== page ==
“We couldn’t come up with anything. He and I tried to,” Anderson admitted. “They said, ‘we’re going to put you with Bobby Heenan’, and I think Bobby said, ‘hell, let’s call them The Brain Busters’, which gave us immediate credibility. And Chris, our costuming was just normal, just red and white boots [and] red tights. It was nothing special and he didn’t mess with that. He just let us be ourselves.

“He said about about six months into, one day we’re talking to him, he just went, ‘you know, you guys give credibility to my to my company, to my business.’ I think he said, ‘you lend credibility to my business,’ and I think, looking back on it, that’s why he didn’t dress us up.”

Jericho also asked what, if any, were the major differences between Jim Crockett Promotions and WWF? Anderson noted that the ring sizes were different, which caused them to have to adjust their timing in the ring.

“Crockett’s ring was smaller and that ring really felt big,” Anderson revealed. “Things like reversing a turnbuckle, there were more steps involved, and when you first do it, the first night, you’re starting to turn and you’re still about four or five feet out. You figured out, pretty soon, okay that makes a difference in the steps because they were just automatic in your head.”

Anderson also pointed out that the WWF ring at the time was harder than JCP’s ring. He shared an altercation that occurred between him and Darsow, and he shared a theory as to why that era of wrestling was filled with eccentric characters that were highlighted by their promo work.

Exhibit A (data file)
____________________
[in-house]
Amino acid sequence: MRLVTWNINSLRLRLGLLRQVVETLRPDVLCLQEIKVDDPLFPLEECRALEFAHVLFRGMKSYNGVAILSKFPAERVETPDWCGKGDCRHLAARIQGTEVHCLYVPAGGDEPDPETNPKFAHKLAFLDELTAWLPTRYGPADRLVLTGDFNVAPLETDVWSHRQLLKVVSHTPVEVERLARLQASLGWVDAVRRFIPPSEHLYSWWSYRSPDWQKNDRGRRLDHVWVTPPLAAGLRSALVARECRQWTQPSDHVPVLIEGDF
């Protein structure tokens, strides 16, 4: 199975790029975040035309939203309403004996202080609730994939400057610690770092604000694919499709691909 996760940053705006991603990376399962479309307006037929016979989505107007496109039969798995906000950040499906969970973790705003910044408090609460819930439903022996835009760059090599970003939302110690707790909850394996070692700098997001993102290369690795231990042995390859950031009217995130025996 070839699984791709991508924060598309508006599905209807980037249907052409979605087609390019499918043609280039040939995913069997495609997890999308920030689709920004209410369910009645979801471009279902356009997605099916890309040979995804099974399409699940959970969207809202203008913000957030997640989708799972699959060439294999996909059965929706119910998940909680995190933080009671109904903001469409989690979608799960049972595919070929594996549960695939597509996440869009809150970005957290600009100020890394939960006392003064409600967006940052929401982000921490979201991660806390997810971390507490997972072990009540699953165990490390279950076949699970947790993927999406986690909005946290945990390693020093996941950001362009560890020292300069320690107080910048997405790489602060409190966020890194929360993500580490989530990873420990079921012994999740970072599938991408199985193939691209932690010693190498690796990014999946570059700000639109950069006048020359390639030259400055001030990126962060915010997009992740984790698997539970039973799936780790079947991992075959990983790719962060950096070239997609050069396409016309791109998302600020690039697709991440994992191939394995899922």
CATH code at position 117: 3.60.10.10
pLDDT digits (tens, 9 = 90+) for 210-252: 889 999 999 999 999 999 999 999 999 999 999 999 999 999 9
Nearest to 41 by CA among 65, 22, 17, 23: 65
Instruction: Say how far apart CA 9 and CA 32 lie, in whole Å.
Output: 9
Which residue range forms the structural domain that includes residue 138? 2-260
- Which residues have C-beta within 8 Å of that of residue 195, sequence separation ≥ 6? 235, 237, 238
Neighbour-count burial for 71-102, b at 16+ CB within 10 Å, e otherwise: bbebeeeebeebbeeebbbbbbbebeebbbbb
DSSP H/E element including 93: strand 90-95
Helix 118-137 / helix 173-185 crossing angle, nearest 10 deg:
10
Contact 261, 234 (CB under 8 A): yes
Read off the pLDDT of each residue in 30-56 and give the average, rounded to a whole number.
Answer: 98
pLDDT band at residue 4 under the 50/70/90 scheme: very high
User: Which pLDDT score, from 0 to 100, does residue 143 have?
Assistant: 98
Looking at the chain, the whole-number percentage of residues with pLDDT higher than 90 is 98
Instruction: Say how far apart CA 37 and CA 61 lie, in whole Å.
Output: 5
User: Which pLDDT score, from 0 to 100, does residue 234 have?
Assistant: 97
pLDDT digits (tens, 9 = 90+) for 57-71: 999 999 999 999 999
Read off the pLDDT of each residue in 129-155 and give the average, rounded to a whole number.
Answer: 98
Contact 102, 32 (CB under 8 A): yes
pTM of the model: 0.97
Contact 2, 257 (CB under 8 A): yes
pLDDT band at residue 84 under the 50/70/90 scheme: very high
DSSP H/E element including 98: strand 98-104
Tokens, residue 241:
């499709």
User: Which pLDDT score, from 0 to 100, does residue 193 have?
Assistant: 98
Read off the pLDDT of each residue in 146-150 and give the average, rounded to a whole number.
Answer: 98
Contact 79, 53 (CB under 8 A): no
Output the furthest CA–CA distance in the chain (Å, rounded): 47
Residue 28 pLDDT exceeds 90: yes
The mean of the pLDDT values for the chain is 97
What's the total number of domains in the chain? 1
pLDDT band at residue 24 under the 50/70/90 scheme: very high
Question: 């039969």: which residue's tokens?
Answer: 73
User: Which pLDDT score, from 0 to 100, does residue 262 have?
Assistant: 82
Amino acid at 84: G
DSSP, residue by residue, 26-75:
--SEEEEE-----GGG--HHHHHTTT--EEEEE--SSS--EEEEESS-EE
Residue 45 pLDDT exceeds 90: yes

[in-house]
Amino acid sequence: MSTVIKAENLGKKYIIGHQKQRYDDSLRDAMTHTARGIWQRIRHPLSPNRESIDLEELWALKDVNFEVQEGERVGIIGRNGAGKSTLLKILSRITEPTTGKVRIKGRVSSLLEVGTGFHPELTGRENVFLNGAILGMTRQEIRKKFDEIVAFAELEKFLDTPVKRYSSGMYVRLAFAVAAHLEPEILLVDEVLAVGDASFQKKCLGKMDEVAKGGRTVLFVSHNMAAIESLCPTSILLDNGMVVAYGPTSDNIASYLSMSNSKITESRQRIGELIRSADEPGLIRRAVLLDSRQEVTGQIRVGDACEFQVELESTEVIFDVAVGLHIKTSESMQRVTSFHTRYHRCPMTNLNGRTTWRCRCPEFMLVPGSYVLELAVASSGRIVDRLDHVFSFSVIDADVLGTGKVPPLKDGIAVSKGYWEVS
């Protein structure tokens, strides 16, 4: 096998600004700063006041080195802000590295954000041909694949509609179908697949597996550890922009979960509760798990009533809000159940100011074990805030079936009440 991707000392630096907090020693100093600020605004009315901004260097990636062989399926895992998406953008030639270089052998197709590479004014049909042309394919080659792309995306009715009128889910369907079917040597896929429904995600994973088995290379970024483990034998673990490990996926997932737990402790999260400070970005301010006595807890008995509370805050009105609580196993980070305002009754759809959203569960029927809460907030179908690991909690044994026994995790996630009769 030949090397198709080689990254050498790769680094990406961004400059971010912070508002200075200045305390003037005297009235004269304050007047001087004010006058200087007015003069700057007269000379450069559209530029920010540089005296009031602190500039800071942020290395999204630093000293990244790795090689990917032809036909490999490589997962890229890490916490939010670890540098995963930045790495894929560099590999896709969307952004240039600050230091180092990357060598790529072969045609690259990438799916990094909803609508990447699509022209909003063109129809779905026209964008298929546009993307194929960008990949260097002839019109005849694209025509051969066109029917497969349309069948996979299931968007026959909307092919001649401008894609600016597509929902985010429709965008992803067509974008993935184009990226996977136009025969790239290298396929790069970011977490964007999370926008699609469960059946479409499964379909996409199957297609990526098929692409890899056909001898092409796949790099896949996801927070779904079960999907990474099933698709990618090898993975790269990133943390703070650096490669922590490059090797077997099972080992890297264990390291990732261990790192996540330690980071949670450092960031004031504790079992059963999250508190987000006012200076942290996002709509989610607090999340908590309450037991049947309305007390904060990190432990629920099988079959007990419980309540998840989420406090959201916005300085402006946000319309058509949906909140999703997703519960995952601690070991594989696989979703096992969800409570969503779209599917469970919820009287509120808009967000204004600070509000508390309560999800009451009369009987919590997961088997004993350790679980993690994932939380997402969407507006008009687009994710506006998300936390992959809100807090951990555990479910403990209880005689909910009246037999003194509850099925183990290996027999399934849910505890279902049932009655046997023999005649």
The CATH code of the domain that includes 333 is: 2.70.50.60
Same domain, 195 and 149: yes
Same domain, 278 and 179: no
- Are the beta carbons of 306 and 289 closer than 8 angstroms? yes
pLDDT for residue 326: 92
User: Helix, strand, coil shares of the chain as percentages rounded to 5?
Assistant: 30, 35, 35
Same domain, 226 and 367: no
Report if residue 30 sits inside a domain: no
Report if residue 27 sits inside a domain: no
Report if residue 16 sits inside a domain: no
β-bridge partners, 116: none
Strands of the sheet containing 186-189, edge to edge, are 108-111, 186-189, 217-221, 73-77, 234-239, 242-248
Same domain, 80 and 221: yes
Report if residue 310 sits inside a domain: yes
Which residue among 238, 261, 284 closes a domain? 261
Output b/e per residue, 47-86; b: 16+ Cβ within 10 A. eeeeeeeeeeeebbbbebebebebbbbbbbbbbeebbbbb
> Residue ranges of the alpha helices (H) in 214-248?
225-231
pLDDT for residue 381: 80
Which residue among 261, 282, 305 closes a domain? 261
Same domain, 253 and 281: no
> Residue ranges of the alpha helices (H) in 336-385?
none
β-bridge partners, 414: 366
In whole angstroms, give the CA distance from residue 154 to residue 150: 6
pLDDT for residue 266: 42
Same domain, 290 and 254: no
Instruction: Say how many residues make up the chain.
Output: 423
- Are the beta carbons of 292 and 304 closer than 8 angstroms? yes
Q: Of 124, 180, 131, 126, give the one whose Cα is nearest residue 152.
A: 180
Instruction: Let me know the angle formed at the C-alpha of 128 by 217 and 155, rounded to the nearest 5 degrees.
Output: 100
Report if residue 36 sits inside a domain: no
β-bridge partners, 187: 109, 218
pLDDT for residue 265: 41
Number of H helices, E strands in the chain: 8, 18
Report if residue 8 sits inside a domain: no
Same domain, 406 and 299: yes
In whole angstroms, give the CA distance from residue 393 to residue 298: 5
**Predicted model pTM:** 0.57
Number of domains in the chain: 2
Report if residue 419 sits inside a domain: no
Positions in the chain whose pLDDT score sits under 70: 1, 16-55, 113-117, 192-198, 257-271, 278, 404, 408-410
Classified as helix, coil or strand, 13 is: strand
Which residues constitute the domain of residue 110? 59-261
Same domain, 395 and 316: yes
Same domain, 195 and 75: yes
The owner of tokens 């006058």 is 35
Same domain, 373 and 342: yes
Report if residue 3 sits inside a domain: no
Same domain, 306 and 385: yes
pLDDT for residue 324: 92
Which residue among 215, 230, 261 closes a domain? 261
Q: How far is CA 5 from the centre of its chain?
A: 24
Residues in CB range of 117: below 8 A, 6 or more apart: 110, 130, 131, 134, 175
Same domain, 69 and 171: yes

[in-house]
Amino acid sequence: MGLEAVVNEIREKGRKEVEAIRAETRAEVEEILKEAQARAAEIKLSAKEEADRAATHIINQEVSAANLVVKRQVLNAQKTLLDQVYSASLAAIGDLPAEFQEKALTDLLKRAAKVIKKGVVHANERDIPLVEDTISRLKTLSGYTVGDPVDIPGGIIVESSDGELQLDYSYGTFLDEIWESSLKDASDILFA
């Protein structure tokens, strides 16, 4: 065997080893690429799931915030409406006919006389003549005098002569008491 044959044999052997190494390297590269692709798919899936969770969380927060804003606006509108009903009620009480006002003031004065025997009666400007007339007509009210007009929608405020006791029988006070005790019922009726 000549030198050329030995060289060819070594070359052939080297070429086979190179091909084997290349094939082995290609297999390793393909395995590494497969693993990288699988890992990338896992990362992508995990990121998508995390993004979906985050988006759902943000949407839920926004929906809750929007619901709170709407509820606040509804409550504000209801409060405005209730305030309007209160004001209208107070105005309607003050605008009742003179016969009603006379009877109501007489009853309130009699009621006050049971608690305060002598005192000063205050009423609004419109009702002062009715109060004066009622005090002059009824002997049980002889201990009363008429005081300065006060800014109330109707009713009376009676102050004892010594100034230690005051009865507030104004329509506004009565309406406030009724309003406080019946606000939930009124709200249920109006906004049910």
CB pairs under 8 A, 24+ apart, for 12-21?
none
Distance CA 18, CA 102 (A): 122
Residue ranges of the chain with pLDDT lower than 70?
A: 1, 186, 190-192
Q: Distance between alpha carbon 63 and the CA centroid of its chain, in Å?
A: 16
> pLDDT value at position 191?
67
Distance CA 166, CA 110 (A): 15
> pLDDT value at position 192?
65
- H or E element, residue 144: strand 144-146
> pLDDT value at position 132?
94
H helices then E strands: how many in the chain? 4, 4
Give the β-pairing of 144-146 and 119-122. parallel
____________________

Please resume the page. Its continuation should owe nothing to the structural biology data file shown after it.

“Rings were hard. And funny story, our first house show loop, we work with Jimmy Powers and [Paul] Roma. And we went out and we just did what we always did. We had a match with them,” Anderson stated. “Well, as we came back through the curtain, there was Barry Darsow right here. ‘Come with me.’ He pulled me aside and he said, ‘what the hell was all that bulls–t. [Why] are you guys out there bouncing around for those guys for? They’re underneath guys,’ and I looked at him and he looked at me.

“I was kind of shocked because he was pissed. He said, ‘you know, we don’t do that up here. You need to check with me on this stuff.’ Well the thing was, the ring was so hard. We made everybody look bad. We’re bouncing around out there, and that was part of the reason, the unsaid reason I bet you. If you could get guys from that era to tell you the truth, the reason everybody was into the walking, and the talking, and the character stuff is because they didn’t have to take bumps because that ring hurt. It was a big difference, that one and Crockett’s ring.”

Blanchard opened up about his failed drug test in WWE that halted his move to WCW. Blanchard talked about how his failed drug test ended up hurting Anderson which would cause heat between them for quite sometime, and how that led him to become a born-again Christian.